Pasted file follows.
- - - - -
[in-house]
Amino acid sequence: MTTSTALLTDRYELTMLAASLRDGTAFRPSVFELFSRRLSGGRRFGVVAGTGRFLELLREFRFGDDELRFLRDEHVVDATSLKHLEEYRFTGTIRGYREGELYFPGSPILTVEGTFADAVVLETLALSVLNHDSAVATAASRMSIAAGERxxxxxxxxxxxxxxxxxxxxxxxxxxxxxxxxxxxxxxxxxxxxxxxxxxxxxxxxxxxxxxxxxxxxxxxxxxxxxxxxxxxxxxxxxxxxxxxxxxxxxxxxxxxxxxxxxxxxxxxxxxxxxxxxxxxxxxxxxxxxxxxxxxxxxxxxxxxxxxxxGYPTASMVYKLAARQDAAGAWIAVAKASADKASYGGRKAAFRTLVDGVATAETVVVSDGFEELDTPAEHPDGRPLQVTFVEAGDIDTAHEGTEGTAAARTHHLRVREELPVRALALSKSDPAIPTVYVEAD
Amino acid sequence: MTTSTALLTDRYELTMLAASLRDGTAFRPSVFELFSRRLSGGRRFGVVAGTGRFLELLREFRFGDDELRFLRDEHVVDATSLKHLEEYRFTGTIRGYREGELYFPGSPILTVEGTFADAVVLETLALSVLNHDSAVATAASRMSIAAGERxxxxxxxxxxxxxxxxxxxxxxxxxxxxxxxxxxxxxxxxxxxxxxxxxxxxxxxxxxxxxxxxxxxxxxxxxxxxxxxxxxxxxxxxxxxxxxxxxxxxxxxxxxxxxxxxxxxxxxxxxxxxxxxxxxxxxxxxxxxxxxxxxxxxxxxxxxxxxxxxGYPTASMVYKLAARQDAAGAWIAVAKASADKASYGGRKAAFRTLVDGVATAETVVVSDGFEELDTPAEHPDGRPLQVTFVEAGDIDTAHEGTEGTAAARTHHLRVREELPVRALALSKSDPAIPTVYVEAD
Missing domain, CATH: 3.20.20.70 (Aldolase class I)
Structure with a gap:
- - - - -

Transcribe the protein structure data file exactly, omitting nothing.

[in-house]
Amino acid sequence: MTTSTALLTDRYELTMLAASLRDGTAFRPSVFELFSRRLSGGRRFGVVAGTGRFLELLREFRFGDDELRFLRDEHVVDATSLKHLEEYRFTGTIRGYREGELYFPGSPILTVEGTFADAVVLETLALSVLNHDSAVATAASRMSIAAGERxxxxxxxxxxxxxxxxxxxxxxxxxxxxxxxxxxxxxxxxxxxxxxxxxxxxxxxxxxxxxxxxxxxxxxxxxxxxxxxxxxxxxxxxxxxxxxxxxxxxxxxxxxxxxxxxxxxxxxxxxxxxxxxxxxxxxxxxxxxxxxxxxxxxxxxxxxxxxxxxGYPTASMVYKLAARQDAAGAWIAVAKASADKASYGGRKAAFRTLVDGVATAETVVVSDGFEELDTPAEHPDGRPLQVTFVEAGDIDTAHEGTEGTAAARTHHLRVREELPVRALALSKSDPAIPTVYVEAD
Amino acid sequence: MTTSTALLTDRYELTMLAASLRDGTAFRPSVFELFSRRLSGGRRFGVVAGTGRFLELLREFRFGDDELRFLRDEHVVDATSLKHLEEYRFTGTIRGYREGELYFPGSPILTVEGTFADAVVLETLALSVLNHDSAVATAASRMSIAAGERxxxxxxxxxxxxxxxxxxxxxxxxxxxxxxxxxxxxxxxxxxxxxxxxxxxxxxxxxxxxxxxxxxxxxxxxxxxxxxxxxxxxxxxxxxxxxxxxxxxxxxxxxxxxxxxxxxxxxxxxxxxxxxxxxxxxxxxxxxxxxxxxxxxxxxxxxxxxxxxxGYPTASMVYKLAARQDAAGAWIAVAKASADKASYGGRKAAFRTLVDGVATAETVVVSDGFEELDTPAEHPDGRPLQVTFVEAGDIDTAHEGTEGTAAARTHHLRVREELPVRALALSKSDPAIPTVYVEAD
Missing domain, CATH: 3.20.20.70 (Aldolase class I)
Structure with a gap: